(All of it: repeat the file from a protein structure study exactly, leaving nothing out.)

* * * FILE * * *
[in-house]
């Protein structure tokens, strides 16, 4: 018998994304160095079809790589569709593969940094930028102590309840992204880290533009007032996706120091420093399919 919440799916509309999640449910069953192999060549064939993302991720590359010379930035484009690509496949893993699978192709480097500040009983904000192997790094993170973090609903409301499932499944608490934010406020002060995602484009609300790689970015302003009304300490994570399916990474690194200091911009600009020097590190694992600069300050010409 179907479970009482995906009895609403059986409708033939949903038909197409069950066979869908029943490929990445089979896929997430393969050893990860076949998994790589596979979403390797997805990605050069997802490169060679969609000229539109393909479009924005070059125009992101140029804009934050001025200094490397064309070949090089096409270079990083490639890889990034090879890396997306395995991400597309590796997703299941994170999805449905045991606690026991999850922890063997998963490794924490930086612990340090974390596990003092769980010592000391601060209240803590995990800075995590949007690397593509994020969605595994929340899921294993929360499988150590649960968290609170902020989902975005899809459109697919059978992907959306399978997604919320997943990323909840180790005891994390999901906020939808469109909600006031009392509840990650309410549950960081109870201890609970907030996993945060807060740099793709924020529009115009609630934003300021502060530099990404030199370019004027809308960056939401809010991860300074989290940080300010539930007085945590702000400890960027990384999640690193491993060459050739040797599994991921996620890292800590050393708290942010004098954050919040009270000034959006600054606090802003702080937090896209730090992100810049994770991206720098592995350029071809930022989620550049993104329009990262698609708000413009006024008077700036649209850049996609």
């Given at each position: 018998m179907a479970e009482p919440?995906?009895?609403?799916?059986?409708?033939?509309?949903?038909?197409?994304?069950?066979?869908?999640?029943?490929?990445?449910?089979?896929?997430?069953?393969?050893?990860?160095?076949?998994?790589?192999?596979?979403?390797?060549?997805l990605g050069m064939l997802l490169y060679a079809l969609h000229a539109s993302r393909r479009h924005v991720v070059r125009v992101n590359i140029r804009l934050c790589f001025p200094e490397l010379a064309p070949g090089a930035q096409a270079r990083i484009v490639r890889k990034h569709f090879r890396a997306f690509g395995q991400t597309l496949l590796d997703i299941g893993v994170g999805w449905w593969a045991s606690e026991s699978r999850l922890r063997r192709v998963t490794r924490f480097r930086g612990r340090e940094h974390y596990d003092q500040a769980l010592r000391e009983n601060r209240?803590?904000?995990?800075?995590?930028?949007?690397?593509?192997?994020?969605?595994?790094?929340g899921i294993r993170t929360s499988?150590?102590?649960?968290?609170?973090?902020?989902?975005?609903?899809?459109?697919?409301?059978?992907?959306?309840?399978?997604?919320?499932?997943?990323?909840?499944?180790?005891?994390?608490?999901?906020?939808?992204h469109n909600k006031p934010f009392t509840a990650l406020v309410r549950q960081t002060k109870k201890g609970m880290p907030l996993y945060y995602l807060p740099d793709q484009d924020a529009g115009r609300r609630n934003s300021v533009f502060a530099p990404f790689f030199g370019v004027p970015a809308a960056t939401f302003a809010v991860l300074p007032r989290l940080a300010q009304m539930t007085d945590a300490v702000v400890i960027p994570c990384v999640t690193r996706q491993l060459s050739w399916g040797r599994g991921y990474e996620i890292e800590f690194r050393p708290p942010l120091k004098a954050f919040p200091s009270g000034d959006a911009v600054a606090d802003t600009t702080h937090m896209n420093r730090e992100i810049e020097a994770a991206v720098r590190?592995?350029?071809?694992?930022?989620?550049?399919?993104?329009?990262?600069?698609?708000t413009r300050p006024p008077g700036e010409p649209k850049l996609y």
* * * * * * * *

[in-house]
């Protein structure tokens, strides 16, 4: 018998994304160095079809790589569709593969940094930028102590309840992204880290533009007032996706120091420093399919 919440799916509309999640449910069953192999060549064939993302991720590359010379930035484009690509496949893993699978192709480097500040009983904000192997790094993170973090609903409301499932499944608490934010406020002060995602484009609300790689970015302003009304300490994570399916990474690194200091911009600009020097590190694992600069300050010409 179907479970009482995906009895609403059986409708033939949903038909197409069950066979869908029943490929990445089979896929997430393969050893990860076949998994790589596979979403390797997805990605050069997802490169060679969609000229539109393909479009924005070059125009992101140029804009934050001025200094490397064309070949090089096409270079990083490639890889990034090879890396997306395995991400597309590796997703299941994170999805449905045991606690026991999850922890063997998963490794924490930086612990340090974390596990003092769980010592000391601060209240803590995990800075995590949007690397593509994020969605595994929340899921294993929360499988150590649960968290609170902020989902975005899809459109697919059978992907959306399978997604919320997943990323909840180790005891994390999901906020939808469109909600006031009392509840990650309410549950960081109870201890609970907030996993945060807060740099793709924020529009115009609630934003300021502060530099990404030199370019004027809308960056939401809010991860300074989290940080300010539930007085945590702000400890960027990384999640690193491993060459050739040797599994991921996620890292800590050393708290942010004098954050919040009270000034959006600054606090802003702080937090896209730090992100810049994770991206720098592995350029071809930022989620550049993104329009990262698609708000413009006024008077700036649209850049996609």
């Given at each position: 018998m179907a479970e009482p919440?995906?009895?609403?799916?059986?409708?033939?509309?949903?038909?197409?994304?069950?066979?869908?999640?029943?490929?990445?449910?089979?896929?997430?069953?393969?050893?990860?160095?076949?998994?790589?192999?596979?979403?390797?060549?997805l990605g050069m064939l997802l490169y060679a079809l969609h000229a539109s993302r393909r479009h924005v991720v070059r125009v992101n590359i140029r804009l934050c790589f001025p200094e490397l010379a064309p070949g090089a930035q096409a270079r990083i484009v490639r890889k990034h569709f090879r890396a997306f690509g395995q991400t597309l496949l590796d997703i299941g893993v994170g999805w449905w593969a045991s606690e026991s699978r999850l922890r063997r192709v998963t490794r924490f480097r930086g612990r340090e940094h974390y596990d003092q500040a769980l010592r000391e009983n601060r209240?803590?904000?995990?800075?995590?930028?949007?690397?593509?192997?994020?969605?595994?790094?929340g899921i294993r993170t929360s499988?150590?102590?649960?968290?609170?973090?902020?989902?975005?609903?899809?459109?697919?409301?059978?992907?959306?309840?399978?997604?919320?499932?997943?990323?909840?499944?180790?005891?994390?608490?999901?906020?939808?992204h469109n909600k006031p934010f009392t509840a990650l406020v309410r549950q960081t002060k109870k201890g609970m880290p907030l996993y945060y995602l807060p740099d793709q484009d924020a529009g115009r609300r609630n934003s300021v533009f502060a530099p990404f790689f030199g370019v004027p970015a809308a960056t939401f302003a809010v991860l300074p007032r989290l940080a300010q009304m539930t007085d945590a300490v702000v400890i960027p994570c990384v999640t690193r996706q491993l060459s050739w399916g040797r599994g991921y990474e996620i890292e800590f690194r050393p708290p942010l120091k004098a954050f919040p200091s009270g000034d959006a911009v600054a606090d802003t600009t702080h937090m896209n420093r730090e992100i810049e020097a994770a991206v720098r590190?592995?350029?071809?694992?930022?989620?550049?399919?993104?329009?990262?600069?698609?708000t413009r300050p006024p008077g700036e010409p649209k850049l996609y």